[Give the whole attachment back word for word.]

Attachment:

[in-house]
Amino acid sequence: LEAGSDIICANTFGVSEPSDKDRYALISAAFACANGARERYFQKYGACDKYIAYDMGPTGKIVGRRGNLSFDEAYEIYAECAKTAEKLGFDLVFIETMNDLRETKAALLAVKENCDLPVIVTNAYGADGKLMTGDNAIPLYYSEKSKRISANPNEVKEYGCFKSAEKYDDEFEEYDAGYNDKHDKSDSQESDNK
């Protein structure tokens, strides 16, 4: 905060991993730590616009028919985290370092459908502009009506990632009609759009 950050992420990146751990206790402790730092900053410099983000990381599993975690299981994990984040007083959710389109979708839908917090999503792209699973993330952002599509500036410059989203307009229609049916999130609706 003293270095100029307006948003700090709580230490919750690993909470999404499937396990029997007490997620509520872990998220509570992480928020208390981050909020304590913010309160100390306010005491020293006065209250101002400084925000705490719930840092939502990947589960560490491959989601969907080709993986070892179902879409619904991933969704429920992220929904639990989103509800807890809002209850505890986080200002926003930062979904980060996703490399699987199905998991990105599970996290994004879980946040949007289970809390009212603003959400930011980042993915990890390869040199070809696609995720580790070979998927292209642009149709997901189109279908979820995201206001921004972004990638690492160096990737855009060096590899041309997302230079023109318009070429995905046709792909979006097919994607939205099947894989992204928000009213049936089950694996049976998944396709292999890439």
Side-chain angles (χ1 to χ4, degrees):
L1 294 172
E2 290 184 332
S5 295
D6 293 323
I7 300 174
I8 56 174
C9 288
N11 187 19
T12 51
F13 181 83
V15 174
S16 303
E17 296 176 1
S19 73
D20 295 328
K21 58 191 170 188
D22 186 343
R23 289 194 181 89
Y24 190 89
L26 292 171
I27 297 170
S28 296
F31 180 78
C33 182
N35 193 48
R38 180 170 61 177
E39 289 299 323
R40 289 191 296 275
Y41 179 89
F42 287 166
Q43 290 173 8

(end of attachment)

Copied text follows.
[in-house]
Amino acid sequence: LEAGSDIICANTFGVSEPSDKDRYALISAAFACANGARERYFQKYGACDKYIAYDMGPTGKIVGRRGNLSFDEAYEIYAECAKTAEKLGFDLVFIETMNDLRETKAALLAVKENCDLPVIVTNAYGADGKLMTGDNAIPLYYSEKSKRISANPNEVKEYGCFKSAEKYDDEFEEYDAGYNDKHDKSDSQESDNK
């Protein structure tokens, strides 16, 4: 905060991993730590616009028919985290370092459908502009009506990632009609759009 950050992420990146751990206790402790730092900053410099983000990381599993975690299981994990984040007083959710389109979708839908917090999503792209699973993330952002599509500036410059989203307009229609049916999130609706 003293270095100029307006948003700090709580230490919750690993909470999404499937396990029997007490997620509520872990998220509570992480928020208390981050909020304590913010309160100390306010005491020293006065209250101002400084925000705490719930840092939502990947589960560490491959989601969907080709993986070892179902879409619904991933969704429920992220929904639990989103509800807890809002209850505890986080200002926003930062979904980060996703490399699987199905998991990105599970996290994004879980946040949007289970809390009212603003959400930011980042993915990890390869040199070809696609995720580790070979998927292209642009149709997901189109279908979820995201206001921004972004990638690492160096990737855009060096590899041309997302230079023109318009070429995905046709792909979006097919994607939205099947894989992204928000009213049936089950694996049976998944396709292999890439």
Side-chain angles (χ1 to χ4, degrees):
L1 294 172
E2 290 184 332
S5 295
D6 293 323
I7 300 174
I8 56 174
C9 288
N11 187 19
T12 51
F13 181 83
V15 174
S16 303
E17 296 176 1
S19 73
D20 295 328
K21 58 191 170 188
D22 186 343
R23 289 194 181 89
Y24 190 89
L26 292 171
I27 297 170
S28 296
F31 180 78
C33 182
N35 193 48
R38 180 170 61 177
E39 289 299 323
R40 289 191 296 275
Y41 179 89
F42 287 166
Q43 290 173 8